Free State commemorations were low key in the 1920s, partly because of the precariousness of the State and the Civil War legacy, but also because head of government William T Cosgrave believed too much focus on the patriot dead and monuments to them, might make it look, in his own words in a private communication, “as if we wanted to have one last slap at the British”.
With the advent of Fianna Fáil to power in the early 1930s there were accusations that it was hijacking the legacy of 1916; there were heated rows over who was to be invited in 1935 to the unveiling of a 1916 memorial at the GPO, for example. Cosgrave indicated he would not attend the unveiling because “the time is not yet ripe for an adequate commemoration of 1916 which would be accompanied by that generous national enthusiasm indispensable to success . . . It is not possible to hide these national humiliations today”.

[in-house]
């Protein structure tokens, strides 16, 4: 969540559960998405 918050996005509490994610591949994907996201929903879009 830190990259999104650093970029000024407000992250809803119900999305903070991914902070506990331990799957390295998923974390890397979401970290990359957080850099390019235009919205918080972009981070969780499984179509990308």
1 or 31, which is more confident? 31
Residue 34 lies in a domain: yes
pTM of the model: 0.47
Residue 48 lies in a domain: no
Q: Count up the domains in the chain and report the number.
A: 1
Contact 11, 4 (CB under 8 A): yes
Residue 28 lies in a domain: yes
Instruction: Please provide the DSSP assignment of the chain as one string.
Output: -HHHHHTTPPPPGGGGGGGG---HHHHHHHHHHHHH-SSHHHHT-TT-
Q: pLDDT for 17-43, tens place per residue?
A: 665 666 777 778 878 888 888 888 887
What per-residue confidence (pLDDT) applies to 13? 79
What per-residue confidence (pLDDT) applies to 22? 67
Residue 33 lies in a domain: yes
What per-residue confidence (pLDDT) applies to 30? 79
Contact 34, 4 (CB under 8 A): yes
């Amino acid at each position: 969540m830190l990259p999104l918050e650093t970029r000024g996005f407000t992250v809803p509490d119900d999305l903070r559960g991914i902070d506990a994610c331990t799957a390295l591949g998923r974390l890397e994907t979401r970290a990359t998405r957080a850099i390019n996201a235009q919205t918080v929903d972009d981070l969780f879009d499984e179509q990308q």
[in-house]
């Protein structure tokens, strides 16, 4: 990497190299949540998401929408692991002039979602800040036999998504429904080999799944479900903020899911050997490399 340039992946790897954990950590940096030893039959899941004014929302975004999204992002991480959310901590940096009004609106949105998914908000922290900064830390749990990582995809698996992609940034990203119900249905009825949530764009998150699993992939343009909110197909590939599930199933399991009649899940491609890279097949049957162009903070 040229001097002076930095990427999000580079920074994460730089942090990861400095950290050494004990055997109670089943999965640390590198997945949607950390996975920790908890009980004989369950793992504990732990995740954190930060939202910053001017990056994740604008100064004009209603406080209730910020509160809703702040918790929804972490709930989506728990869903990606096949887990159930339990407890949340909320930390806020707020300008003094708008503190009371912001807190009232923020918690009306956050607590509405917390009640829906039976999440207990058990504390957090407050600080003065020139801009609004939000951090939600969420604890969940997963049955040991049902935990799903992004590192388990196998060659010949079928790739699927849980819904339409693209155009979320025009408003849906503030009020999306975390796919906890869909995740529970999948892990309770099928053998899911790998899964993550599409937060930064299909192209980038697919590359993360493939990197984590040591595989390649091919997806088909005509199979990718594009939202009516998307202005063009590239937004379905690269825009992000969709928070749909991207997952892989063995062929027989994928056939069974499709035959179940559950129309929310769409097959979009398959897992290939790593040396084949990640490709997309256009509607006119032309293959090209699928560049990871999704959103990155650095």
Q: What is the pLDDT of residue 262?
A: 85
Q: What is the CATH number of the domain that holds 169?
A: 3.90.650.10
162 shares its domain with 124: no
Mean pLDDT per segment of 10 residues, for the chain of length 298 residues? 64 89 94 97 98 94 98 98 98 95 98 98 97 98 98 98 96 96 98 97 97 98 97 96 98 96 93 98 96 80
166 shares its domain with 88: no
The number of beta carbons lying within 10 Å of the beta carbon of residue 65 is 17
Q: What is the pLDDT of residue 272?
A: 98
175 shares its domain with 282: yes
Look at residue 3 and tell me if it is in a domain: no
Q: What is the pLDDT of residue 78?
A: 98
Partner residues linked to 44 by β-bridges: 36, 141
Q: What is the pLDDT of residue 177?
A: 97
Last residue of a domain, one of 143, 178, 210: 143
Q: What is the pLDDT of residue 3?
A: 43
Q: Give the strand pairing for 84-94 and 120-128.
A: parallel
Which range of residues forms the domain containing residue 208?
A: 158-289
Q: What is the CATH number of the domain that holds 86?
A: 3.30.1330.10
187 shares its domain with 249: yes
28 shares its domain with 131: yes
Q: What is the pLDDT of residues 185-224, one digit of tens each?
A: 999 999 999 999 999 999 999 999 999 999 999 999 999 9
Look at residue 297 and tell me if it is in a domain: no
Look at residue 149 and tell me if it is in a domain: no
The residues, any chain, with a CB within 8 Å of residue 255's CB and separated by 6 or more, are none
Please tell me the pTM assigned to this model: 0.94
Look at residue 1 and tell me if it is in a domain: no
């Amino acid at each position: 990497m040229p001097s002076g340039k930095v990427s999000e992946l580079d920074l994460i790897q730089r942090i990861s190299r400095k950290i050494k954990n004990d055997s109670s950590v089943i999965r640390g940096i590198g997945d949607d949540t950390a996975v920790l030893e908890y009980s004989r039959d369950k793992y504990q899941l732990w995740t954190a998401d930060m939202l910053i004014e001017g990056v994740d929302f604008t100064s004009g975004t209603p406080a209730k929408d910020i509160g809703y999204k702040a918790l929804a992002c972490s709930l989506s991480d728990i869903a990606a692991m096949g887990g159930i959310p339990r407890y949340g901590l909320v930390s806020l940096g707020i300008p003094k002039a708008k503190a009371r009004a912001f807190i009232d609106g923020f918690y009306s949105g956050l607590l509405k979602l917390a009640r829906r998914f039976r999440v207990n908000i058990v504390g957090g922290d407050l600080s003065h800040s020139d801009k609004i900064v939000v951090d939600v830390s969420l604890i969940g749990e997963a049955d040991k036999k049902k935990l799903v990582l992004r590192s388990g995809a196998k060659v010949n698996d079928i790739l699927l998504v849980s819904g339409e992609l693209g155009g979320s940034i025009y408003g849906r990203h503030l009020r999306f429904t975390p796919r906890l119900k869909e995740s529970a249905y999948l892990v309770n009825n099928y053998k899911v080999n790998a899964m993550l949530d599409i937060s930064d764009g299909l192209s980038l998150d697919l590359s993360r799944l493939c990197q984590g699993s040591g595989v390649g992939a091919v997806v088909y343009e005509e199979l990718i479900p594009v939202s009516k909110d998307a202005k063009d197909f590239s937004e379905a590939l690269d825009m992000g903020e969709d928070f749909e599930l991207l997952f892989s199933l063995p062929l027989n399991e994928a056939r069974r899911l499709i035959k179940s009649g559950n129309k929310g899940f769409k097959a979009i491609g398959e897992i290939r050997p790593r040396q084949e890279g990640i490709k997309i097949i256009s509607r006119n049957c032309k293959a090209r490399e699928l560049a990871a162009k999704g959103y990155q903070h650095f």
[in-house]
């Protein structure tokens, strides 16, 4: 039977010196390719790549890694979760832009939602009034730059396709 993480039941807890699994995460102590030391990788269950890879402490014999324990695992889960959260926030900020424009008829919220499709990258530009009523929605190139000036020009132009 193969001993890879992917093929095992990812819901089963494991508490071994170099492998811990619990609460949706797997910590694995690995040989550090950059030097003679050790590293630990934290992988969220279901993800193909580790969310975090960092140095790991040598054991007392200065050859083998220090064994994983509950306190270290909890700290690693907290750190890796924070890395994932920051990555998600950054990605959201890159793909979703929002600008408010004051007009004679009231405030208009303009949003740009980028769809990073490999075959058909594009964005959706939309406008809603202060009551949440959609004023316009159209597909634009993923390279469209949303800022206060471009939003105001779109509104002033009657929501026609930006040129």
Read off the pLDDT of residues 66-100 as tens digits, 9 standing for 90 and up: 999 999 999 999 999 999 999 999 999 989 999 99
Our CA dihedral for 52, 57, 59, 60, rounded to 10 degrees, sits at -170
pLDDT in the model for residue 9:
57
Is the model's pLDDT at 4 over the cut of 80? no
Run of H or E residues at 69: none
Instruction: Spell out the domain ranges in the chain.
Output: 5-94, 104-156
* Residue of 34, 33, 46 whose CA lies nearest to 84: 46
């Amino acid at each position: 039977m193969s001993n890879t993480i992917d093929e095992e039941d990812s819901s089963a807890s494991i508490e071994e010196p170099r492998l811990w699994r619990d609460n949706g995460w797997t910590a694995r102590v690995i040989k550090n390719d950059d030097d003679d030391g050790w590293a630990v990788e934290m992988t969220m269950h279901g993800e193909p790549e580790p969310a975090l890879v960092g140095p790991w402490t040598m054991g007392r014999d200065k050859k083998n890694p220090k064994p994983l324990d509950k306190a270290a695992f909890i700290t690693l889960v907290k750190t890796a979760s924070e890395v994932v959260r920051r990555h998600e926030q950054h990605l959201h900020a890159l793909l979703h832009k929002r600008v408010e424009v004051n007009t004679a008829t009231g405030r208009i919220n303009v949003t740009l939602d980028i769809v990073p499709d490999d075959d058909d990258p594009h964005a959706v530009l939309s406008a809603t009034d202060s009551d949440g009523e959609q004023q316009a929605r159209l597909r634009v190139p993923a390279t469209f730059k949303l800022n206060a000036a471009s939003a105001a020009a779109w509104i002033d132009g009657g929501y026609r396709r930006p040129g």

The United Ireland newspaper, a publication that supported Fine Gael, echoed his comments. Insisting Fianna Fáil TDs had nothing on their minds except a desire to make political capital out of the event, it editorialised: “It is always unseemly, if not indecent, for political parties to engage in a figurative scramble for the bones of the patriot dead.”